Our Treatments

The center was designed to deliver treatment to pain patients in a caring and compassionate manner,
with an understanding of how chronic pain can affect numerous facets of an individual’s life.

What is an Intrathecal Pain Pump?

Intrathecal drug delivery, or “pain pump,” is a method of giving medication directly to the spinal cord. The system uses a small pump that is surgically placed under the skin of your abdomen and delivers medication through a catheter to the area around the pain receptors located in the spinal cord.

A pain pump may be a treatment option if all other traditional methods including medications, spinal injections and surgery have failed to relieve chronic pain or cancer pain which can be severe and resistant to oral medication.

An intrathecal drug pump works more efficiently than oral medication because it delivers medicine directly into the CSF, bypassing the path that oral medication takes through your body. In fact, you generally need about 1/300 the amount of medication (morphine or baclofen) with a pump than when taken orally.

The goal of an intrathecal medication pump is to improve pain control when oral drugs fail or produce side effects; thus improving quality of life.

How does this procedure work?

Before implantation, a trial procedure is recommended with a spinal injection of opioid and/or anesthetic. The trial allows the patient to test the intrathecal drug delivery, usually for 24-48 hours, to determine if the implanted device will be successful at helping chronic pain individuals in achieving a better quality of life. During that trial period the patient will document if at least 50% of pain is relieved, daily life activity is increased and whether medications are reduced or working better in concert with the device to reduce pain.

The pump is programmed to slowly release medication over a period of time. It can also be programmed to release different amounts of medication at different times of the day, depending on your changing needs. The pump stores the information about your prescription in its memory, and your doctor can easily review this information with the programmer. When the reservoir is empty, the doctor or nurse refills the pump by inserting a needle (fairly painless) through your skin and into the fill port on top of the reservoir.

The patient is awake or minimal sedation (twilight) may be used during the trial procedure. General anesthesia or heavy sedation is required for the permanent implantable device. Local anesthetic is also used to numb the skin and surrounding soft tissue. Once adequate anesthesia is obtained the process of intrathecal drug delivery begins.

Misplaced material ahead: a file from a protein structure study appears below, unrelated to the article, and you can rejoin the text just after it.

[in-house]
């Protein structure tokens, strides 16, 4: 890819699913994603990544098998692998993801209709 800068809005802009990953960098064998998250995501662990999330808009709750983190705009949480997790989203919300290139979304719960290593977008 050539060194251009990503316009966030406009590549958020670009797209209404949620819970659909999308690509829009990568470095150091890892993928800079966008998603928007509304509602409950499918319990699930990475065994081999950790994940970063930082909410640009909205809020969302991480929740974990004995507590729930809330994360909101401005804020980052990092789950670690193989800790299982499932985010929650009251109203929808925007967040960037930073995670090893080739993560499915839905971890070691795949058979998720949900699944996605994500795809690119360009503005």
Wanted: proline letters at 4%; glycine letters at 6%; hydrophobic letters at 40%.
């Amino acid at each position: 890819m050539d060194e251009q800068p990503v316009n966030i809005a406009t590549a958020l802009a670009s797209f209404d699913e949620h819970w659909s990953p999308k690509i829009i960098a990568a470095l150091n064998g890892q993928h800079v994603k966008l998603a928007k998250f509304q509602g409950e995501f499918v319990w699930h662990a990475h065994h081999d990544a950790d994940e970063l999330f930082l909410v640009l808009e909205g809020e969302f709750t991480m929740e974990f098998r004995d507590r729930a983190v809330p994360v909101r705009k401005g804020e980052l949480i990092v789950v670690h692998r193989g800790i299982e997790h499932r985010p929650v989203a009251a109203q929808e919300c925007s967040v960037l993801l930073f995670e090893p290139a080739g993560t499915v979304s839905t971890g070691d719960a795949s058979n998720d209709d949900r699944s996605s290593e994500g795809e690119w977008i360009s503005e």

The intrathecal catheter is inserted with the aid of fluoroscopy following a small skin incision made in the middle of the back. After placement of the catheter in the intrathecal space, it is passed under the skin from the spinal area to the fatty tissue layer of the buttock, where the pump reservoir will be implanted, thus internalizing the device where it will not be seen except for the healed incisions. The patient is taken to recovery at the end of the procedure and final programming is performed to tailor delivery that will reduce pain and improve quality of life.

What are the benefits of this treatment?

  1. Ambulatory Surgery to observation overnight: The incisions are small.
  2. Alternative therapy when all other treatments including physical therapy, oral medication, surgery has failed.
  3. Trial procedure for 24 to 48 hours to allow patients to determine if this is a medically appropriate procedure for their chronic or cancer pain.
  4. Successful implanted device provide improved quality of life when medication and surgery fails.
  5. The implanted device is completely reversible if you should ever decide to have it removed.
What is the recovery time of this procedure?

The procedure is performed in an ambulatory surgery setting. Any regards for initial recovery may require 24 hours when sedation and general anesthesia is used.
The results of the intrathecal pain pump for the usual areas of pain are immediate. Patients may have pain and soreness for a few days to weeks following permanent surgical placement; however, medication is prescribed to help ease surgical discomfort.

Reduced activity is recommended for two weeks following permanent surgery to allow the surgical incisions to heal and the catheter to make permanent attachment to the tissue. Normal or improved activity will usually resume in approximately 2 weeks following the surgery.

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